The old man quips effortlessly and sweetly: “Well of course! That’s how you get the hay out, you see.” I feel like I’m on the cusp of a Lewis Carroll adventure. A staring cat, a whimsical magical setting, overtly logical conversation. I was in the rabbit hole. “I haven’t lifted a bale of hay in a long time,” the old man tells me. “I’m 96 now, and mostly what I do is read the paper.” He points to his tablet propped up on the table. “And cook dinner.” I realize there’s a nice smell in the kitchen and the stove is warming the room.
96! He looked healthy and strong, I think, for 96. I don’t even register that he’s almost 100 until he tells me. He asks where I’m from. I say North Sandwich. “Not too far of a drive,” I add. “I like the hay here.”
“Yes, they are some nice, heavy bales.” We sit for a moment. “North Sandwich,” he confirms, with a wisp of wonder as if I had said I drove up from Boston. I don’t want to tell this guy I had lunch at Wildcat today. Imagine thinking North Sandwich is far away – but also imagine living ensconced in a heavenly pocket of earth you helped sculpt that feeds you and sustains you and provides you all the beauty you'll ever need – then spring forth multiple generations fed and nourished from that very land. And as the world exponentially grows faster and crazier, time on the farm stays at its usual 1x speed: one day per 24 hours times 365. Sometimes you can slow time down on the farm. Read your paper, cook dinner, sit on the porch and watch the swallows. North Sandwich might as well be below the equator.
We chat a little more, mostly about our mutual need for hearing aids (for some reason this is where every conversation I have with older folks goes). I wish him well, but my dog is in the Blazer so I’ll go load those bales now. Our five-minute conversation feels like an hour and it easily could have been. Time slowed down. Someday I will be able to slow down time on our farm, but I must learn to wrangle it and hop upon its back. This gentleman is a master of time management.
I slide the barn open and hop into the hay. The hay is soft and lush, cut no more than two days ago. I pile 27 bales into the trailer while Pippy watches patiently between the seats. I strap it all down, put the money in the secret box, and fire up the tired old Blazer.
Down the hill we go, the golden sunlight spreads the maple trees apart like curtains. Pip looks joyfully out to the beef steers in the pasture below, tongue lolling, soft panting. Dog smiles. We hit pavement, still going downhill, and for a moment the Blazer feels like a kid again. We tackle the hills back home with grace and enthusiasm and transmission fumes.
Of course one doesn’t just buy hay; one must load hay. Back home and I crawl up into the loft and pull all of last year’s bales down so I can load the fresh stuff up top. Every thud of a bale hitting the floor causes the cheeps in the brooder to pipe up. “You’re okay!” I reassure them. They don’t believe me. They have long happy lives ahead of them as Egg Production Specialists. Soy-free, pasture-raised pay and full benefits (like dust baths and sunshine). I take a break to collect eggs and peek around for the rabbit leftovers. I find a hide, a head, and feet. It looks like a dog toy with no stuffing. I carry the dog toy to the compost pile, where it will do some good. Last rites.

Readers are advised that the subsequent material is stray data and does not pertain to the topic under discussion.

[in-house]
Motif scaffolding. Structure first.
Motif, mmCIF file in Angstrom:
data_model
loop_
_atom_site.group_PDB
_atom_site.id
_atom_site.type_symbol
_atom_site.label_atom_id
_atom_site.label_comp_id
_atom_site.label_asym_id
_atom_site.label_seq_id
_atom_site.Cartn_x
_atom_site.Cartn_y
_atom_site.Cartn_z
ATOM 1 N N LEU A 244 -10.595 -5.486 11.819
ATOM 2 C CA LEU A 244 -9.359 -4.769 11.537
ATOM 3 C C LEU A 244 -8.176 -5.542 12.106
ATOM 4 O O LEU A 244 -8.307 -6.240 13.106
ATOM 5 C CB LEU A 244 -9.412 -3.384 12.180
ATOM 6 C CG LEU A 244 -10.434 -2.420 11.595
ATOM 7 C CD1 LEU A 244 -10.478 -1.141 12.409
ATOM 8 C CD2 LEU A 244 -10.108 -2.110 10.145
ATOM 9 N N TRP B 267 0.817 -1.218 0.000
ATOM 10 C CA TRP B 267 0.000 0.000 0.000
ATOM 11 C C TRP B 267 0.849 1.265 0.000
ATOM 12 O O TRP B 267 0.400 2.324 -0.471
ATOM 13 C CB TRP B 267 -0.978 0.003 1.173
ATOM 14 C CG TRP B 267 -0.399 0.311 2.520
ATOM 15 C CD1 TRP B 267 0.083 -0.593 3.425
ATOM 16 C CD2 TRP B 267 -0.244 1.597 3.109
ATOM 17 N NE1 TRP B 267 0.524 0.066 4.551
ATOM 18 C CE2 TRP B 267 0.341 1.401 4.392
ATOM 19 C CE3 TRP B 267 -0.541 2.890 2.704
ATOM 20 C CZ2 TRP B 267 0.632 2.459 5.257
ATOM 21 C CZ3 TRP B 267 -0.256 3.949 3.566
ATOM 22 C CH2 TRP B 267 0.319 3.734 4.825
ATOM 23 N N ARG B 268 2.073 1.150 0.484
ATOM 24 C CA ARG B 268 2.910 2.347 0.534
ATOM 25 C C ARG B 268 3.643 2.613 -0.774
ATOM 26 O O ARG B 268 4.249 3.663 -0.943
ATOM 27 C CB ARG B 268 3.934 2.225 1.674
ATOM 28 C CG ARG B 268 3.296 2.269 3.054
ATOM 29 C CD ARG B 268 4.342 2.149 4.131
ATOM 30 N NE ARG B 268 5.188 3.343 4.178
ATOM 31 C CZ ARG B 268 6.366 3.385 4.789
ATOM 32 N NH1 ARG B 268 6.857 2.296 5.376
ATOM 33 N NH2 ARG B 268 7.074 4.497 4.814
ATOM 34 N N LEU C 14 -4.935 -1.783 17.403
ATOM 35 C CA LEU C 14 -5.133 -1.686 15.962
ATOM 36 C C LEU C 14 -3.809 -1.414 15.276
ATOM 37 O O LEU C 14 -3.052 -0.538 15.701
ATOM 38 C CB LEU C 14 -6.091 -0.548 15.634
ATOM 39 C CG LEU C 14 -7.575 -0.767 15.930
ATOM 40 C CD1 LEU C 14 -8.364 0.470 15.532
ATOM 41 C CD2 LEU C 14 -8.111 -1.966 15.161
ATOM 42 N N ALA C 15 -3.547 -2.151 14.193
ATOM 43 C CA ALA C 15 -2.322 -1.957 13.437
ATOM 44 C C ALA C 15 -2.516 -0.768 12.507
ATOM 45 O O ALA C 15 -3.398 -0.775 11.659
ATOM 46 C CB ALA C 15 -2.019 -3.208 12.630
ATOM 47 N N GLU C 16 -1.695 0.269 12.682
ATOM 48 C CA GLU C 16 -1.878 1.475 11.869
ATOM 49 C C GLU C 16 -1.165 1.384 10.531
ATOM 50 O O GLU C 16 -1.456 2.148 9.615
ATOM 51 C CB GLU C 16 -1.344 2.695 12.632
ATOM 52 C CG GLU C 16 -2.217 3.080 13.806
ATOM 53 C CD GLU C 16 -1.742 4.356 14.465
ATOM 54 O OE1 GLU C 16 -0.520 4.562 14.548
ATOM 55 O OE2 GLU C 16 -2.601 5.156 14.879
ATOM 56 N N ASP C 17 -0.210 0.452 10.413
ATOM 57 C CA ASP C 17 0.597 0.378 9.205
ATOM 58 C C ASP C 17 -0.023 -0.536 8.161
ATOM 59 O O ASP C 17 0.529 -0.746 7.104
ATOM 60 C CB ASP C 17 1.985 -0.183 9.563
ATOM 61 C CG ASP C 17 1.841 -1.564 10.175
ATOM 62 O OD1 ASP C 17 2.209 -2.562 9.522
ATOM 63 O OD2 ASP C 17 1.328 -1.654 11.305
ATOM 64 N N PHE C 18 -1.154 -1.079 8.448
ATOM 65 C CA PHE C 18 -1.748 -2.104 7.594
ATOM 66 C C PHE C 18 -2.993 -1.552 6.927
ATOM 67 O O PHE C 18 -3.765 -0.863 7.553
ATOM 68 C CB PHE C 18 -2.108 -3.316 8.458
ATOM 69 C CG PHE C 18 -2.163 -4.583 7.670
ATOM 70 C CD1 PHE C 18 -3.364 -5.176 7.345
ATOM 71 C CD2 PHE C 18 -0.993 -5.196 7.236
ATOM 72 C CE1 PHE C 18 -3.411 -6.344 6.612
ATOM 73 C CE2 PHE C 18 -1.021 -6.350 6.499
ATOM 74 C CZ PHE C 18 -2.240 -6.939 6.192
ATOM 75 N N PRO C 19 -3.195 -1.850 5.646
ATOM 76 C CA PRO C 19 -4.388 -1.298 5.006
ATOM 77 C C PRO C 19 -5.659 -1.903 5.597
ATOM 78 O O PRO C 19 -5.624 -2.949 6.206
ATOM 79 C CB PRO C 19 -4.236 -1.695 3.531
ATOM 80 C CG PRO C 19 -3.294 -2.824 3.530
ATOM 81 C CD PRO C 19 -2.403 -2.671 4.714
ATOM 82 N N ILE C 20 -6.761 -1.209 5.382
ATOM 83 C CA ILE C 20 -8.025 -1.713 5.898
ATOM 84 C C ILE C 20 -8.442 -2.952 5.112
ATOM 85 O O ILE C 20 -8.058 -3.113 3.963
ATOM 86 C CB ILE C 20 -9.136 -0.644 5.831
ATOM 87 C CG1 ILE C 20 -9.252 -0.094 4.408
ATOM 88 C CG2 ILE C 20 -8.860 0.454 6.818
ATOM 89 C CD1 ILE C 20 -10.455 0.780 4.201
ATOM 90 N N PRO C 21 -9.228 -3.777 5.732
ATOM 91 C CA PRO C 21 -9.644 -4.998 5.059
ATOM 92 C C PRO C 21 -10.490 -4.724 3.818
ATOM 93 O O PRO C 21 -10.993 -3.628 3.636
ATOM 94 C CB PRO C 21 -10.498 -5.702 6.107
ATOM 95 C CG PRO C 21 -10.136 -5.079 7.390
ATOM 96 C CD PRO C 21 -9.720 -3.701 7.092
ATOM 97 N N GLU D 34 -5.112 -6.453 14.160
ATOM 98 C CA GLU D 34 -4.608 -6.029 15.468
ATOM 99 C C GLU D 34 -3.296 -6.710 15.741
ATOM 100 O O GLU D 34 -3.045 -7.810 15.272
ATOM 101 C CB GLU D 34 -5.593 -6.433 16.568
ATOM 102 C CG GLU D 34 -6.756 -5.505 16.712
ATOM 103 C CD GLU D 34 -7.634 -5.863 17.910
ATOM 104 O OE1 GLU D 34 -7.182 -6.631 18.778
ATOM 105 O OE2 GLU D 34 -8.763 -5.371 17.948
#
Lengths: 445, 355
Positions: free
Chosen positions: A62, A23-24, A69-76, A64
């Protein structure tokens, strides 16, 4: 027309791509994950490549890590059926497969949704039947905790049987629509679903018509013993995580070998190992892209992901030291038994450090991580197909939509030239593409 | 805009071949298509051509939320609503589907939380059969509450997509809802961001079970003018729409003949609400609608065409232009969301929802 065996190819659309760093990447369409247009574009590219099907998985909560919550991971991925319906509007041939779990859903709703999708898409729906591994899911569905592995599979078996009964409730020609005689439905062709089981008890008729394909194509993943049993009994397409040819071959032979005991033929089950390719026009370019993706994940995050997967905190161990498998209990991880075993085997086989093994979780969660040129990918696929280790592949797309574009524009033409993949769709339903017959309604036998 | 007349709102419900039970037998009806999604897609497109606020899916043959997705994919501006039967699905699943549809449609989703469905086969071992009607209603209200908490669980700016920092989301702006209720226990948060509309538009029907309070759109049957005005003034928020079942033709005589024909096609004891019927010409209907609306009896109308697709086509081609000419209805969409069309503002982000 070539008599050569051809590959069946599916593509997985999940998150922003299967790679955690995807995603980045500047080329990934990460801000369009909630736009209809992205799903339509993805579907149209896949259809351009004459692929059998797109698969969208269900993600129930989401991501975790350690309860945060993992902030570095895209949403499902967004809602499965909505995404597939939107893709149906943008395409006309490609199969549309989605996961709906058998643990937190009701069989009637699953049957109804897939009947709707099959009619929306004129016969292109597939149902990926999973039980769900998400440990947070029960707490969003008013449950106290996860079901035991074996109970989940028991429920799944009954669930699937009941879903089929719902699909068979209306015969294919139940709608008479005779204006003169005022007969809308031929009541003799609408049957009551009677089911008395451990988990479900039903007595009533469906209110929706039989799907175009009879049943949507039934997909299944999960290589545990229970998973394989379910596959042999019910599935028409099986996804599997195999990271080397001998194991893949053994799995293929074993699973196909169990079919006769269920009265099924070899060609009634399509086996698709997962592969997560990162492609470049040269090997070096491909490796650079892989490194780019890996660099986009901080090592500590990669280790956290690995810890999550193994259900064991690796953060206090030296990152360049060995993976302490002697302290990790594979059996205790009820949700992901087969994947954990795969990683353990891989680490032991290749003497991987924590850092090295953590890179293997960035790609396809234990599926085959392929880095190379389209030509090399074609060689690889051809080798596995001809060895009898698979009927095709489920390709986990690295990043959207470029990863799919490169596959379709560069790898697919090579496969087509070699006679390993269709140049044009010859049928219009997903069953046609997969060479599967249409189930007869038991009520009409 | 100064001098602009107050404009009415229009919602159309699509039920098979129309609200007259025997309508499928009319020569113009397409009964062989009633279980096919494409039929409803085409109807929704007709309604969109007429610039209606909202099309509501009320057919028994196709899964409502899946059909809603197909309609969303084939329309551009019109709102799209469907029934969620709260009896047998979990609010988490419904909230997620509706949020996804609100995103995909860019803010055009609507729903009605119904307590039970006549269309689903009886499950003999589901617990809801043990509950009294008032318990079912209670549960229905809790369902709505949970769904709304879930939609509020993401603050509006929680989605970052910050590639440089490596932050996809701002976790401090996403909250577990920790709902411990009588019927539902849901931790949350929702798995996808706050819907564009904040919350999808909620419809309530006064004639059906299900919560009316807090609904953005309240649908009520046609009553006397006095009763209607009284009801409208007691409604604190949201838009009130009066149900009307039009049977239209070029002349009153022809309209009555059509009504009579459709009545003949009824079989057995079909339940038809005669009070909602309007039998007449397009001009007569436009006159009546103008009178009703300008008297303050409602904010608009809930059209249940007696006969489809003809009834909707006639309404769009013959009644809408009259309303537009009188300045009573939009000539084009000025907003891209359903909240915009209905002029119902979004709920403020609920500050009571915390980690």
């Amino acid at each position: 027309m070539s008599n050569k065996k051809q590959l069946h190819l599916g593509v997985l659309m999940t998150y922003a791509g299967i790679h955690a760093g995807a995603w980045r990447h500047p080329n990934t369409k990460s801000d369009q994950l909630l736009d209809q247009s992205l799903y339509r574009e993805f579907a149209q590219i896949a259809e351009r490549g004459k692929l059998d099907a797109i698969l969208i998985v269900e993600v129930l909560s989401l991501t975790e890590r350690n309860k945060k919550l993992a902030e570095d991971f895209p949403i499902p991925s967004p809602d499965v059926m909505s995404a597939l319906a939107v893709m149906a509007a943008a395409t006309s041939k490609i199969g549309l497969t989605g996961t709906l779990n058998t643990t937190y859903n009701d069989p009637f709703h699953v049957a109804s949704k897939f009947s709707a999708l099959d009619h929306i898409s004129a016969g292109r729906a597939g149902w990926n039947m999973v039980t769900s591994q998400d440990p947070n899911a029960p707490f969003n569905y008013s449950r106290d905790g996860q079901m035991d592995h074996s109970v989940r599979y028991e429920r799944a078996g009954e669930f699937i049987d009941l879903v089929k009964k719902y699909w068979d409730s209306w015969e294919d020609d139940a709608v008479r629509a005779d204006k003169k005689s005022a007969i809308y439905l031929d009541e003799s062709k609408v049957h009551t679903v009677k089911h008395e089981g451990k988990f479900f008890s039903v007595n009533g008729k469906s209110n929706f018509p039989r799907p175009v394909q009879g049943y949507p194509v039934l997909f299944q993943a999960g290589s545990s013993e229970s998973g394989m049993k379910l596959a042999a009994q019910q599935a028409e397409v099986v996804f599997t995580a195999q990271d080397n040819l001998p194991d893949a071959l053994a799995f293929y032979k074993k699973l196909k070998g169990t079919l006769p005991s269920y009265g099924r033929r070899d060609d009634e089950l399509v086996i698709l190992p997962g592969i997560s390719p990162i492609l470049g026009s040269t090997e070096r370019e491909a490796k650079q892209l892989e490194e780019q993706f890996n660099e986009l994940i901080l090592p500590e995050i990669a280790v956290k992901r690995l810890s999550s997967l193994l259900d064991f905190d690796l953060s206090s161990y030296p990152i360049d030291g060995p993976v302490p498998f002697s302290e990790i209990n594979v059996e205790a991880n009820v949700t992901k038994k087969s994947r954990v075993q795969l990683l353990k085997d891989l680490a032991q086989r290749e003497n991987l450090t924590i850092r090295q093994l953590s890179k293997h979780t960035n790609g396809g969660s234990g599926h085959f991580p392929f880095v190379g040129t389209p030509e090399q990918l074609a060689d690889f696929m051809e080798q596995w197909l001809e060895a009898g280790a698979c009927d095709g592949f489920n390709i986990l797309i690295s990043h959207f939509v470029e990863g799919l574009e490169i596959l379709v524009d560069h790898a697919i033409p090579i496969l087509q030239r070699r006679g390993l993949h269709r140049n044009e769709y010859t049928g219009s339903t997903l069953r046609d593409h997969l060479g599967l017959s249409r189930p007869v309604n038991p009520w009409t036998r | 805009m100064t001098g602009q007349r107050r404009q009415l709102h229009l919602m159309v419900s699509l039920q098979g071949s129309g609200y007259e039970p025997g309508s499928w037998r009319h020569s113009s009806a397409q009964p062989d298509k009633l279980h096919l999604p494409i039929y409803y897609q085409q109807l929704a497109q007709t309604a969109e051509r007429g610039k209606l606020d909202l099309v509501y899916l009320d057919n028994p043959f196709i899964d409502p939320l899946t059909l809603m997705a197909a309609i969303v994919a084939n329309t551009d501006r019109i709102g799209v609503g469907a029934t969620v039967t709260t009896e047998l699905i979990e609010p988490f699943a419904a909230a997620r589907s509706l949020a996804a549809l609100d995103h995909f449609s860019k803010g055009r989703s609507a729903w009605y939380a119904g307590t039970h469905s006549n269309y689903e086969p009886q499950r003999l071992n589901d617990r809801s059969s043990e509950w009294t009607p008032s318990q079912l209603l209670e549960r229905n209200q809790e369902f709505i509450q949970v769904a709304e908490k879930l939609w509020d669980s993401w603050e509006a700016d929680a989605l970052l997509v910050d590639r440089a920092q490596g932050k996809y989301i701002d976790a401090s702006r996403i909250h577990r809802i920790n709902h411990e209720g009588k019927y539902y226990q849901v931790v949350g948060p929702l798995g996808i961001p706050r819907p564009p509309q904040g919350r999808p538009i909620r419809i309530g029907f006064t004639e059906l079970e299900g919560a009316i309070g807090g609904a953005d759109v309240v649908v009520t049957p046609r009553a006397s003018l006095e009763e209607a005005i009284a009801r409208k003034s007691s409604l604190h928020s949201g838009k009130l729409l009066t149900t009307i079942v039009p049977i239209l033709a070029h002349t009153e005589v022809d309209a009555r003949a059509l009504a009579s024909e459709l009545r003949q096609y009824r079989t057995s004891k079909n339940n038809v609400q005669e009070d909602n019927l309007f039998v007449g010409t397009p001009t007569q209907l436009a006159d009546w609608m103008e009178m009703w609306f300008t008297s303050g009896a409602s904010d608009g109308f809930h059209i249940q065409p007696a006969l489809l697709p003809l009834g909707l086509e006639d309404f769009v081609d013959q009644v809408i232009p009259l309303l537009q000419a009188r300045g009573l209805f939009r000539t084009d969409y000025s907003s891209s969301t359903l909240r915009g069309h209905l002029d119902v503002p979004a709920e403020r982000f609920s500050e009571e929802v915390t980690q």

Let me offer a eulogy: I think of that squirrel I hit up north today. It had a death wish; I couldn’t react fast enough in my work truck. I doubt anyone scooped it up for their chickens. I hope the squirrel is laid to rest by nature’s scavengers, some creature of the night. I think of the flagger I saw at a roadwork site as well, drinking a huge energy drink and flipping his SLOW/STOP sign with the vigor of a squirrel that had just been hit by a work truck. He has to stand there in giant orange pajamas for eight hours a day and deal with hundreds, maybe thousands, of automobiles, nothing between them but his sign while he bakes into the tar, keeping cool with a gummy worm flavored carbonated beverage. My beverage of choice for the day was raw milk from a local farm, a food that is actually alive. Most real food is. We all eat and we all get eaten. Amen.
Living creatures on this earth. There are so many of them, literally inches from death. Or maybe miles and miles. My 96-year-old friend’s time may finally stop, peacefully on his farm, tonight. Or he’ll rock and roll right past 100. The swallows will come and go, but there will probably always be swallows.
In the darkest dusk I stand drenched with sweat, glittered with sticky hay, parched and beat, craving that swim. But I’m flexing my biceps at the empty hay trailer. HAY = DONE. We have enough hay for the year now, and then some. About that swim….
I toss some ice cubes from the freezer into my little portable ice bath – it’s too dark to drive to the lake. I stand out in the moonlight and prepare myself to jump into the cold water, but today’s death count isn’t over. A firefly flashes its little orange butt at me from the ground nearby. (Lady fireflies lie on the ground and send signals for the males to come say hello.) I aim my headlamp to get a good look at the firefly and lo! the critter was being engaged with (and engorged upon) by a big old wolf spider. Wined and dined perhaps, then dined upon.
I hop into the ice bath. Miserable cold beneath the half moon as the heat (and hay) escapes my body. Counting out a minute feels like forever. Time slowing down. A favorite song lyric comes to mind we are young forever, that’s written on the moon and I get out dripping and grinning. I’m alive now and I will be ‘til I ain’t. I’m a living creature on this earth and someday I’ll die too, maybe tonight. And maybe I’ll lurch up a hill and reek of burning transmission, coughing and swearing but oh lord don’t make me stop. I’ll tell you when I’m done.